Here in California
The fruit hangs heavy on the vine
Theres no gold, I thought I'd warn ya
And the hills turn brown in the summertime - Kate Wolf
I live on the edge of town, with my back to my neighbors and my face to the Badlands. Behind me are views of spires, trees, lawns and lights. In front are thousands of acres of open and harsh land. A land of poor soil, severely eroded arroyos and abandoned dreams. When I was younger I ran through the badlands, but today I walk.
In the depth of summer when the badlands are baked by a triple digit sun, the walks are best in the morning or evening. The dried brown grass and hard baked ground reveal the foundations and trash from forgotten homesteads and ranches. In the canyons, where the air is still and silent, weathered concrete, eroded earthen dams, broken glass and rusted metal speak of hard work and eventual defeat. Testaments to people who believed that the badlands were their future and fought to pull an elusive dream from little soil and less water.
Summer walks also provide surprises. A cool breeze on a ridge top. Hawks riding thermals in the evening light as they search for a careless squirrel or mouse. Deer beginning to stir from their day beds in the shade of a dense sugar-bush in deep ravines. Summer walks are bittersweet, filled with the expectation of cooler days to come.
My walks during autumn cover the same ground as those of summer. The earth is just as hard and the grass is drier, but the feeling I bring back from these walks is one of hope. Breezes are easier to find and in the morning the canyon air has a briskness that promises to end to the blistering heat of July, August and September. Also arriving with cooler weather is a nervous anticipation of rain. Each autumn I wait for rain and let myself believe that this will be the year when the rains will start early, arrive regularly and stay late. I watch the clear blues sky with faith and hope. Winter rain in arid lands is not assured and as I grow older, every rain storm is appreciated as a gift. When rain arrives, whether it is a soaking mist, a downpour or a light shower, the scent of wet, dry grass causes me to celebrate.
The rains bring winter and the badlands experience a metamorphosis. The earth accepts the water, seeds swell, roots gather moisture and green shoots and sprouts emerge. The cold of December and January delays growth until late February or early March when the badlands produce, on backdrop of emerald green grass, a kaleidoscope of blue ceanothus blossoms, yellow fiddle-neck flowers and the white blooms of sugarbush, all accented by the yellow of mustard and a multitude of purple, red and blue flowers I cannot name.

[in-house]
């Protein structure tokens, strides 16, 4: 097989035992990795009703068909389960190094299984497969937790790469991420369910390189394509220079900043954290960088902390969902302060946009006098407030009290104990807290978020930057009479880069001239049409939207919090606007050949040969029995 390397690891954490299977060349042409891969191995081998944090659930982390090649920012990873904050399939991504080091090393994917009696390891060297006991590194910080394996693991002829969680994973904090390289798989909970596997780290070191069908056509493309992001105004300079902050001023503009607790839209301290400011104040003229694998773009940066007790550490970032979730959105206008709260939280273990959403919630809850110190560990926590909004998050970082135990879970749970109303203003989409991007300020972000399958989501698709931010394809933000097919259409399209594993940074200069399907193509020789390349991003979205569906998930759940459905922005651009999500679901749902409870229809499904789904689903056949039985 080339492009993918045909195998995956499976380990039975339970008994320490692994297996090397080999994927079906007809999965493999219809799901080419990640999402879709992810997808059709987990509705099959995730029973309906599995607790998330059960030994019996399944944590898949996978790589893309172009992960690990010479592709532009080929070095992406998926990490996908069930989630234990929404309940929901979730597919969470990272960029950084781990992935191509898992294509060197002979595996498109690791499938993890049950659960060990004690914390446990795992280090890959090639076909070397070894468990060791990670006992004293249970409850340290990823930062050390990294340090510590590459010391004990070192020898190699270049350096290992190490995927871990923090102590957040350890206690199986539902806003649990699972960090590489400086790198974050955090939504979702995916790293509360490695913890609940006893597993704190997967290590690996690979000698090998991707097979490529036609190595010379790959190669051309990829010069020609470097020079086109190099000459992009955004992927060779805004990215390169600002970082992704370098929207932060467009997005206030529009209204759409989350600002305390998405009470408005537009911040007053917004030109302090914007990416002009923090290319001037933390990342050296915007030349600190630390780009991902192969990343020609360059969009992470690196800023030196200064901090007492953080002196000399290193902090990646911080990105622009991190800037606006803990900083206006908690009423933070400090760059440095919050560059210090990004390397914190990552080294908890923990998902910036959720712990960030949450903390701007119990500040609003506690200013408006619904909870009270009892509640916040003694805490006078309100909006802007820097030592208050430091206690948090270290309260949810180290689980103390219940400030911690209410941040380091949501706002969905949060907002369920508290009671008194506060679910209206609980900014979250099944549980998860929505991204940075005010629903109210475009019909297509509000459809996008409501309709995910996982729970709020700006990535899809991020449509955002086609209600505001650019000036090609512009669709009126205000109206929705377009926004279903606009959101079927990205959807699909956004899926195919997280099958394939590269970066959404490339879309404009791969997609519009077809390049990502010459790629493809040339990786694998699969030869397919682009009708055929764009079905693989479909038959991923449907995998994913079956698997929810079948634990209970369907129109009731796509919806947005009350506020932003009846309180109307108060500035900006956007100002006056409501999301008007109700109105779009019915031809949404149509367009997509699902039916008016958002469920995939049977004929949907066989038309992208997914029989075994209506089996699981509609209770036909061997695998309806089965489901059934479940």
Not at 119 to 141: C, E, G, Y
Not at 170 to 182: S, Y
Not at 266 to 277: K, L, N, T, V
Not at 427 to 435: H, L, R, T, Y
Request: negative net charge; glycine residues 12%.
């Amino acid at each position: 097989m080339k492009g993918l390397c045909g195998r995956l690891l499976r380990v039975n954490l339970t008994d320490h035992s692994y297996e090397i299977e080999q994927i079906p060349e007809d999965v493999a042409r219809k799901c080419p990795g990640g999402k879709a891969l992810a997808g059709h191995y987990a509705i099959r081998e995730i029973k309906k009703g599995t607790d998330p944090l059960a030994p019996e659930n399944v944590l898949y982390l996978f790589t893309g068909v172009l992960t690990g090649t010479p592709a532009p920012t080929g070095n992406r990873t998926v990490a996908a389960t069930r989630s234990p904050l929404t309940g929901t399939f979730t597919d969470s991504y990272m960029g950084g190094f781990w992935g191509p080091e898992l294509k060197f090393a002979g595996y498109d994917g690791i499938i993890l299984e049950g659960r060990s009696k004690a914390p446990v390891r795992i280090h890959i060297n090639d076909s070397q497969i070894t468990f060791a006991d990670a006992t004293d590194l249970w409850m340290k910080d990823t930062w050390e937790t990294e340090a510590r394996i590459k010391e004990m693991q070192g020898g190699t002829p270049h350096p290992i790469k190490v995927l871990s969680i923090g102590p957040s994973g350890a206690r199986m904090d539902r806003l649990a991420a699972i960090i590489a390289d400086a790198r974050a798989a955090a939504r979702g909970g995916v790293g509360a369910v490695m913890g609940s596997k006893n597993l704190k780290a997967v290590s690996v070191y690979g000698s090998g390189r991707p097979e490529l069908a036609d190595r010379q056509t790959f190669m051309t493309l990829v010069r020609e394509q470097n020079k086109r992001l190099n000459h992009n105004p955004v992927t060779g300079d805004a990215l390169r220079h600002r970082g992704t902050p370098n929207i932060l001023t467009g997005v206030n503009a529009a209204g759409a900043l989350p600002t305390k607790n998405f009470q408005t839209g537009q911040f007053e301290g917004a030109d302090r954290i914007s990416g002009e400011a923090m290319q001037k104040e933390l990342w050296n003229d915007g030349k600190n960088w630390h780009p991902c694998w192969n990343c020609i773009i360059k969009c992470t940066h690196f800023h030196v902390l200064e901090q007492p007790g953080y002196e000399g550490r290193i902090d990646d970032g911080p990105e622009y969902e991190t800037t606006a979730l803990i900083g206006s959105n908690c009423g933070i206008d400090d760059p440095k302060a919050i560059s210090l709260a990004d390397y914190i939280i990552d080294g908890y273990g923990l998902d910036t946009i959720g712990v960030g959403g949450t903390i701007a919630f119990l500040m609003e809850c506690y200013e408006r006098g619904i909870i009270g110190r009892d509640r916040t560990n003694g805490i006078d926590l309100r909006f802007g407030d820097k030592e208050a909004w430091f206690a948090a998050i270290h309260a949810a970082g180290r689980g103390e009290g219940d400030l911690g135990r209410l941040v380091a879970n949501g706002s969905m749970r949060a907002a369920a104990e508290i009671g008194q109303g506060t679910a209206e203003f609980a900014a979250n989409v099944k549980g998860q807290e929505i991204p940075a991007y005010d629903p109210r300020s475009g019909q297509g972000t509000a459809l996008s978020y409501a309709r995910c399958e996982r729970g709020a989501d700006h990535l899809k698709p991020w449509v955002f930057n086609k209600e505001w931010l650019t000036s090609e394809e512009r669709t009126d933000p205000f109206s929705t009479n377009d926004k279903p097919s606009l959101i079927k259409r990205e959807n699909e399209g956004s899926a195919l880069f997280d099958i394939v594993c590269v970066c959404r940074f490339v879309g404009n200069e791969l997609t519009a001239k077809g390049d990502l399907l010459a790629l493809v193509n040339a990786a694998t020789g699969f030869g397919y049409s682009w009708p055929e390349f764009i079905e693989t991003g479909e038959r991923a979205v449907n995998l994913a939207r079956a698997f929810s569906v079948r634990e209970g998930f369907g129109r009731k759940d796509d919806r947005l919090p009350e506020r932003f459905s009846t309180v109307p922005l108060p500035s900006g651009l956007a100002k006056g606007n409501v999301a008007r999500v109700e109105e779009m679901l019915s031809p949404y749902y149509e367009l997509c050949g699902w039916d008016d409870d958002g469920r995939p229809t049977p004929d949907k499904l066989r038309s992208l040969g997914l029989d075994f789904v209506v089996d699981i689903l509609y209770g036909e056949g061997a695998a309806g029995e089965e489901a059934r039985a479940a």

Spring in the badlands is a time for walking through knee high grass with flowers and breezes for company. The growth of plants in spring also covers up the detritus of human failure and allows me to forget about the dreams that have ended in the ragged valleys. Walking through the green of spring, it is easy to forget that you are in the badlands and in a month the softness of spring will be gone. As summer arrives the grasses will mature and release foxtails, filling boots and socks with hundreds of spikes to be individually pulled after each walk. The foxtails will be followed by heat, drying out the grasses, ushering in the realities of another, long, dry and hot summer.
I walk in the badlands for both body and soul. The long walks up and down the ridges, over faint game trails keep me in shape and bring me home tired and sore. The badlands also serve as a salve for my spirit. My walks have seen me through losses and difficult times. The simple act of walking over these eroded hills has allowed me to come to terms with difficult choices, accepting what I cannot change and understanding what I can. The cool breezes and hawks allow me to return home more tranquil than when I walked out the door.
I live at the edge of town, my back to my neighbors and my face to the badlands. I admit that I do not read the local paper, know the name of our mayor nor can I address the latest civic controversy. I do however, know where game trails begin and end, am able to discuss the coyotes howling at night, describe a circling hawk and live the changing seasons. I will continue to walk out my door, cross the road and take long walks along the ridges and into the arroyos of the badlands.